After we get the copy of their report that all is OK we’ll confirm the shipment and pay for goods by letter of credit against documents.

3. You give us exact instructions how should be sorted out goods in Riga and Moscow, in whose presence (independent surveyor or without him) and give reference what are you ready to cover basing on the reports of these sorting out.


Please confirm whether you accept this offer and lets go ahead.”


[36]      At 17.58 the same day Mr Nikolov responded by email: 

“Dear All,


We are surprised and disappointed that you feel we are not interested in further business together. The following are the facts of the matter: 


You notified us on Tuesday that you had instructed a payment of GBP 138,570 and provided a copy of the Swift transfer. We accepted your word on this and proceeded to produce further stock of Black Horse. The payment did not arrive and we have ceased further production.


You cancelled several orders in the full knowledge that we had purchased the relevant materials necessary to fulfil our commitment to you. You have so far failed to pay for GC stock which we have bottled and for which we have paid labour, materials and whisky.


You have failed to pay for all the transport costs which have been detailed on the statements sent to you. All these transport costs are in respect of goods already sent to Riga.


In view of the above we are not in agreement with your request to alter terms to settle accounts by Letter of Credit against documents.

In order to resolve this matter, and for the business to be fairly concluded, I would propose the following solution: 


1. [The pursuer] pays for all the outstanding transport and origination as detailed in the accounts statements

2. [The pursuer] pays for all bottled stock

3. CMC ships all paid stock

4. [The pursuer] pays for all GC and BH material in stock

5. CMC invoices all transport costs in advance of shipment


CMC are prepared in this instance to absorb all the costs incurred and caused by the sudden cancellation of orders at this crucial time of the year subject to settlement of the 5 points above. CMC will also have to absorb the costs incurred in procuring and transporting the materials and whisky required for production prior to the cancellation of orders.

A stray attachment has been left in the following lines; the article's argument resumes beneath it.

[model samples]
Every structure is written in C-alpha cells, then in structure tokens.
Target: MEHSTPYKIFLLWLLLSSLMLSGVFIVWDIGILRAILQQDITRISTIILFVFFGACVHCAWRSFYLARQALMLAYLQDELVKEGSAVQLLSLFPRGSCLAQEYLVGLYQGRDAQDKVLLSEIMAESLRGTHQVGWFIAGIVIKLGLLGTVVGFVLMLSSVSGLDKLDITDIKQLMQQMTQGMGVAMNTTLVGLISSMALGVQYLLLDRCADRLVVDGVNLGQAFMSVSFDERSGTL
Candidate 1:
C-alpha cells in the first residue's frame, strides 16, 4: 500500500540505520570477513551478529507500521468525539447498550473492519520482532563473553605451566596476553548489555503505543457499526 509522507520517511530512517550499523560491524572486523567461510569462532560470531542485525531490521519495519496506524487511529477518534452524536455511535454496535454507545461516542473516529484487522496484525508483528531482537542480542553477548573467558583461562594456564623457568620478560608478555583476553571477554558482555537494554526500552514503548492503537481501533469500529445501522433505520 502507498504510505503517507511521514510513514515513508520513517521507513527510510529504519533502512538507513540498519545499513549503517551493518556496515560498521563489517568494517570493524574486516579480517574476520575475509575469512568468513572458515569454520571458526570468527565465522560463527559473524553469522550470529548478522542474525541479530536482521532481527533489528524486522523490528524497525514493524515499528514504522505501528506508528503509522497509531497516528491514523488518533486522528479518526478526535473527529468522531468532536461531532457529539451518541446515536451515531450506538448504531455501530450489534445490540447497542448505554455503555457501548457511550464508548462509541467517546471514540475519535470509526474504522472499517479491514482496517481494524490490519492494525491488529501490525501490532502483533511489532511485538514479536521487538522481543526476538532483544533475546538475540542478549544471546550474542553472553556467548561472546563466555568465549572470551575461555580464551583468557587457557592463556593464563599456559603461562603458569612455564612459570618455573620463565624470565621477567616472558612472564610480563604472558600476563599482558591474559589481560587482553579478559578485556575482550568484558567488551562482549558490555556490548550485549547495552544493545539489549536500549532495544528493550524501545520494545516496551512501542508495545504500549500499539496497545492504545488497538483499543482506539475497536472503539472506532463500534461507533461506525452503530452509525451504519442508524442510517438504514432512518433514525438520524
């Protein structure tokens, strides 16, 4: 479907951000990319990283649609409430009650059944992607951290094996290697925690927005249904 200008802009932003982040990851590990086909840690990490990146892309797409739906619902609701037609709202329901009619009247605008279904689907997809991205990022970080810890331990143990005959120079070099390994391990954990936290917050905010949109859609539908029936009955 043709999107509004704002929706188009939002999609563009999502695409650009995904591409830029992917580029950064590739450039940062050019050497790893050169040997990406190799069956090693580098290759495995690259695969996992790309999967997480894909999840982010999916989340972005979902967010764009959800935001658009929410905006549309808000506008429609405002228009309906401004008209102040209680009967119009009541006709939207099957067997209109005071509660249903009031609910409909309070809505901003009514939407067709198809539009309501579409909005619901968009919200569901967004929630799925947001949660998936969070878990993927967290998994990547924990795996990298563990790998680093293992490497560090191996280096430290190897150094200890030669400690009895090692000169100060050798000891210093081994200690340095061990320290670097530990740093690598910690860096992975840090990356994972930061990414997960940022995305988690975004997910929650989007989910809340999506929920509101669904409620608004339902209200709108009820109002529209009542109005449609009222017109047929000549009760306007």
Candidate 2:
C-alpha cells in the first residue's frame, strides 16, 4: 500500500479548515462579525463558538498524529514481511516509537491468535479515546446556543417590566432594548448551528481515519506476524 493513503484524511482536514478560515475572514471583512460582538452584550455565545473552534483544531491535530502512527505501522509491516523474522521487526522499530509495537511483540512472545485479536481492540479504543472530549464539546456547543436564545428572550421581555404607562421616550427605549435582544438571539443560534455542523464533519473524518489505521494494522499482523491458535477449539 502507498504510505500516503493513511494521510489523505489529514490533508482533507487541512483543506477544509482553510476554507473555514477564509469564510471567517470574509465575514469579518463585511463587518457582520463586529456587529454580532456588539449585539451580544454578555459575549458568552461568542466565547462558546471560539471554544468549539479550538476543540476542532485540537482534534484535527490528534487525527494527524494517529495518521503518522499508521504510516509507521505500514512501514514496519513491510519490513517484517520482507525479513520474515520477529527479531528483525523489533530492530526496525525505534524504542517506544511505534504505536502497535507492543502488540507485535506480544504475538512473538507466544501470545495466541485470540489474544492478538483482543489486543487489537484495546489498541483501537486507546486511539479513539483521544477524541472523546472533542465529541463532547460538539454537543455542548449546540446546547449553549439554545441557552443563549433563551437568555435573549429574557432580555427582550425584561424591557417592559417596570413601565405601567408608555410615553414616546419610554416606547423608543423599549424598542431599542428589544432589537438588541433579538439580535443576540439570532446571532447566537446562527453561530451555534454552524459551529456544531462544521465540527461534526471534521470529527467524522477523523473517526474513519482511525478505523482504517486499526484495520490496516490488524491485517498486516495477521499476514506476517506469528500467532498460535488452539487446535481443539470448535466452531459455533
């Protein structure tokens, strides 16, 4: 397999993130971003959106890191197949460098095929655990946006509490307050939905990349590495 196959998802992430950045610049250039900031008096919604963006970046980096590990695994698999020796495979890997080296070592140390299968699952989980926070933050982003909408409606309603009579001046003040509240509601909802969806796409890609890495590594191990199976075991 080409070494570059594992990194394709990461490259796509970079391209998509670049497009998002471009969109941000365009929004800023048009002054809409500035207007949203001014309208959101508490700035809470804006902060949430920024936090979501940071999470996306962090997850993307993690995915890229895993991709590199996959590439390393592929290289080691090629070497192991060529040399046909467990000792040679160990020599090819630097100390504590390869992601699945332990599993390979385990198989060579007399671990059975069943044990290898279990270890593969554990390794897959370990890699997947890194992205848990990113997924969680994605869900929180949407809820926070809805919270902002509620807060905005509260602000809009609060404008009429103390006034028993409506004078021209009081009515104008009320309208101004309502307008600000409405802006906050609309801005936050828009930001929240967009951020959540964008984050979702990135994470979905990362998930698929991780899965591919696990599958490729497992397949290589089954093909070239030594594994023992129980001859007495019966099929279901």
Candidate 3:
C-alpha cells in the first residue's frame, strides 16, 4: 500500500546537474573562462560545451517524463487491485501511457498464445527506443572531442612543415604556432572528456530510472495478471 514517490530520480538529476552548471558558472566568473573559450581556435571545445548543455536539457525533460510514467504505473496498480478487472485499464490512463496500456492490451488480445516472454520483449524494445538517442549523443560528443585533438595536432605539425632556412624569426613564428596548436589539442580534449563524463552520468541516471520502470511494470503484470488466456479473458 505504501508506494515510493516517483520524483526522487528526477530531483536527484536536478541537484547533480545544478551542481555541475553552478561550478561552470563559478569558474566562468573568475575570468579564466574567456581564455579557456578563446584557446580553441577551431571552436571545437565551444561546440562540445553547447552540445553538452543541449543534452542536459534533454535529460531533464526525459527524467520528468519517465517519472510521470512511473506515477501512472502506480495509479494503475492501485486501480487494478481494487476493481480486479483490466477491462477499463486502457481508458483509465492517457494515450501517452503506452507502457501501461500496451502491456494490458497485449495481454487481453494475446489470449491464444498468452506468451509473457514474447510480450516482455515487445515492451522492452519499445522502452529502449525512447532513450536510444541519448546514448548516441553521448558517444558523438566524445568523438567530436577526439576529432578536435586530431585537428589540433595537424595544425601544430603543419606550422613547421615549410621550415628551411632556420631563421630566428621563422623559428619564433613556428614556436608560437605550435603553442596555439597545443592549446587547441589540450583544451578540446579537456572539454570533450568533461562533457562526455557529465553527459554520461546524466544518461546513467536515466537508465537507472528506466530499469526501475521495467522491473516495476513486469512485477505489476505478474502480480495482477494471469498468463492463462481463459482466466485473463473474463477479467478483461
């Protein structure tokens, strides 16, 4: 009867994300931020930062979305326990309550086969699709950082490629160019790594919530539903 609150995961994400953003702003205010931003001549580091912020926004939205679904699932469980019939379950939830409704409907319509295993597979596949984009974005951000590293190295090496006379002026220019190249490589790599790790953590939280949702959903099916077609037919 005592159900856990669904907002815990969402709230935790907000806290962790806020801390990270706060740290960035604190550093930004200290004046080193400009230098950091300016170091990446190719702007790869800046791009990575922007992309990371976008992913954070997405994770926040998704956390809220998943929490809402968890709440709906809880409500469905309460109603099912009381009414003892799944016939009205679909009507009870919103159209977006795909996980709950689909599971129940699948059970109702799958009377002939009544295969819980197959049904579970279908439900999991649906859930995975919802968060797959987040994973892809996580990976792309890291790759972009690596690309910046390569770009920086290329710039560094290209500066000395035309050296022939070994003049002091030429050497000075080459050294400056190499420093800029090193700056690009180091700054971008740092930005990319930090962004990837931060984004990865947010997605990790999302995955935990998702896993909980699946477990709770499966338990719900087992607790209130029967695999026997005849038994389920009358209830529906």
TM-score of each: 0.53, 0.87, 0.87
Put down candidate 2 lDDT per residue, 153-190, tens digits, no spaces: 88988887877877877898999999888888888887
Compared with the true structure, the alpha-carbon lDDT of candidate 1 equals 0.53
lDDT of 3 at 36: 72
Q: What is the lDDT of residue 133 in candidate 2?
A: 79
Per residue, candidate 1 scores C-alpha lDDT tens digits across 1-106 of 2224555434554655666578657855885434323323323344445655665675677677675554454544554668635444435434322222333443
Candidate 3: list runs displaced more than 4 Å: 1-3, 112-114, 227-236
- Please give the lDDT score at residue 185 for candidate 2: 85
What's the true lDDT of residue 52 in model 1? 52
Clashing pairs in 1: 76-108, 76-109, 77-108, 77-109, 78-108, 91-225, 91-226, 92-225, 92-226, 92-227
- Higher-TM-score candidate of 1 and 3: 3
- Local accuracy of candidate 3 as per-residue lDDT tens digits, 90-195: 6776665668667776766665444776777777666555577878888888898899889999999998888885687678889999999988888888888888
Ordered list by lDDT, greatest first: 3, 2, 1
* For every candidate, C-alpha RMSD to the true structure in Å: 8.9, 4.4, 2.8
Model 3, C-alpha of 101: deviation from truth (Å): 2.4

I would be grateful if you would give consideration to the foregoing in order to facilitate a fair and reasonable conclusion.”


[37]      At 15.26 on 12 December 2011 Ms Ravodina emailed the defender.  The email concluded: 

“Summery (sic)


1. Brand Black Horse belongs to the third part and should be shipped to Riga in terms approved by the client - the latest 20/12/11.


2. At the present moment you have prepayment for 131432.93 GBP. Do you plan to ship paid goods this week or you prefer to return us the payment?


3. We are ready to fulfil our obligations in case you fulfil yours.”


[38]      At 17.09 the same day Mr McSherry replied: 

“You claim you recalled the promised payment of GBP138570 in the absence of requested information. This is completely untrue as you have always been informed of production and shipping information. You provided your instruction to the bank and we bottled more product in good faith. This is a risk which we took but, unfortunately for us, we did not anticipate you breaking your promise.


Louise provided a schedule on 24 October and, in fact, containers were sent to Riga for which payment had not yet been received. This was another risk taken by us which should not have been necessary.


We have already informed you that we have bottled stock of Glen Clyde and Black Horse. This is because we accepted orders from you in good faith which you subsequently cancelled. As a result, we now have stock of finished goods and dry materials which are relevant only to your brands. We repeat that it will be necessary to raise an invoice to you for all these materials and finished goods.